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Biology Collections

Biology Collections

Biological collections of the Science Museum of Minnesota include:

  • mammalogical (mammal): 50,000 specimens, including study skins, flat skins, osteological and fluid specimens
  • ornithological (bird): osteological specimens and 1300 study skins
  • herptile (reptile and amphibian)and icthyological (fish): 1,000 fluid and osteological specimens
  • entomological (insect): 40,000 pinned specimens
  • aquatic invertebrates:
    • molluscs: 80,000 marine and fresh water shell and fluid
    • fairy shrimp: fluid specimens, including a newly described species
  • botanical & ethnobotanical (plant): 1,000 herbarium specimens. Learn about the Science Museum of Minnesota's bryophyte (moss) collection.

Biology collections are preserved and accumulated to serve multiple purposes, some of the most important being:

  • to document geographic occurrence and distribution patterns
  • to provide genetic (tissue) analysis
  • to document ecological surveys
  • to monitor populations and communities tserve exhibit and educational functions
  • to exchange with other scientific or educational institutions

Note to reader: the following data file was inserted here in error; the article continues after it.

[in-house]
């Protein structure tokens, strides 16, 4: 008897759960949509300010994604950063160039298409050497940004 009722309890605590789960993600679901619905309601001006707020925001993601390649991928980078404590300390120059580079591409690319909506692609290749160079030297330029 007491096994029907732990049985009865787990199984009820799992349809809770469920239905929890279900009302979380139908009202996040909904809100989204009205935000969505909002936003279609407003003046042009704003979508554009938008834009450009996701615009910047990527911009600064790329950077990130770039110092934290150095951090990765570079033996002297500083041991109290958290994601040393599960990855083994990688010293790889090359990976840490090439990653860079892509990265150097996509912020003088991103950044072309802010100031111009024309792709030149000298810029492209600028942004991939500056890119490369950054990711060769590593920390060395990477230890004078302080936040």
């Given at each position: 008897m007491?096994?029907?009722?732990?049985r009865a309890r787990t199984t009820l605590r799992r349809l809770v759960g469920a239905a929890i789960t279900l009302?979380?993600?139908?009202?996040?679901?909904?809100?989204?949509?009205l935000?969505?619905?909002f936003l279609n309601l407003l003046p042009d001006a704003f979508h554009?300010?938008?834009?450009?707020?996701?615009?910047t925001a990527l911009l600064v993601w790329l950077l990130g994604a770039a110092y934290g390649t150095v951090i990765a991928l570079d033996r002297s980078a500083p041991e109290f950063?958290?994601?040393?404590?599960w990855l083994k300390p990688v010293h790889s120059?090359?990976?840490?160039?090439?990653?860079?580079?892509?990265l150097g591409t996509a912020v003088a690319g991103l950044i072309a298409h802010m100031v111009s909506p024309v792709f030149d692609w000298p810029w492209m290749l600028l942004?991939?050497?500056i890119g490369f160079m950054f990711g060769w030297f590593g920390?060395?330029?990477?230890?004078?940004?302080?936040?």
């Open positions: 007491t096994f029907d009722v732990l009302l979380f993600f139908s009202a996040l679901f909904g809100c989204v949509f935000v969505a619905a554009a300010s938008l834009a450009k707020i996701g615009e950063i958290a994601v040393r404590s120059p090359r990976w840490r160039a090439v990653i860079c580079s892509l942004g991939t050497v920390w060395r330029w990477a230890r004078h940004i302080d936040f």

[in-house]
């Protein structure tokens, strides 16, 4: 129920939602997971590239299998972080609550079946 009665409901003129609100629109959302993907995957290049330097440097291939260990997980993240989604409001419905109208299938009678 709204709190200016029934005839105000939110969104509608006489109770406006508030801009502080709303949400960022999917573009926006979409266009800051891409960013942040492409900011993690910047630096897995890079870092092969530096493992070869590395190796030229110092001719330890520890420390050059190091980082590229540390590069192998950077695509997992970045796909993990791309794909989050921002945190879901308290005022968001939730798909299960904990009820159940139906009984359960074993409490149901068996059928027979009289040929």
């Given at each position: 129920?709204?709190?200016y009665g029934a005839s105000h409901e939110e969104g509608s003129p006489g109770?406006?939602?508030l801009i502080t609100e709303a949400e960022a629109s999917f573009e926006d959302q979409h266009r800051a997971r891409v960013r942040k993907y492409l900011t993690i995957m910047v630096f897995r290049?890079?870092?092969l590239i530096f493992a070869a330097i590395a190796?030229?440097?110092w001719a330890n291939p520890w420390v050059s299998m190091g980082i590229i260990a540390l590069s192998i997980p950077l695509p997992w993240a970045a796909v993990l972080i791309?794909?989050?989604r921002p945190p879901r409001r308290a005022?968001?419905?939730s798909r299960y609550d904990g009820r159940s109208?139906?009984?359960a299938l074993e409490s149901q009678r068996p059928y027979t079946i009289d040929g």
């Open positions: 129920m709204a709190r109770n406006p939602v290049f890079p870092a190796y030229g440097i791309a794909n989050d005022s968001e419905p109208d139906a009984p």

• to preserve for future studies
  • to establish unequivocal identification of similar species

Although the geographical scope of the biological collections is predominantly of Minnesota origin, substantial segments of the mammal, herp, insect, and mollusc collections are of other state, country, continental or oceanic provenance. Biology collections at the Science Museum of Minnesota also include unique specimens, such as:

  • one new species of fairy shrimp
  • one species of mammal new to Minnesota (the Smoky Shrew Sorex fumeus), Minnesota collections of which are represented by the 50+ specimens only at the Science Museum of Minnesota
  • eggs, skeleton and mounts of the extinct Passenger Pigeon; plus some specimens of other rare, threatened or endangered species
  • the largest collections of mammals in Minnesota (including specimens in fluid);
  • the 3rd, 4th, 5th, 6th and 7th specimens of Heather Voles (Phenacomys intermedius) from Minnesota
  • series of other species generally believe tbe rare or uncommon in Minnesota
    • Harvest mice (Reithrodontomys megalotis)
    • Pocket mice (Perognathus flavescens)
    • Grasshopper mice (Onychomys leucogaster)
    • Prairie voles (Microtus ochrogaster)
  • a two-headed Snapping Turtle, which had a well-documented history and a popular following of museum visitors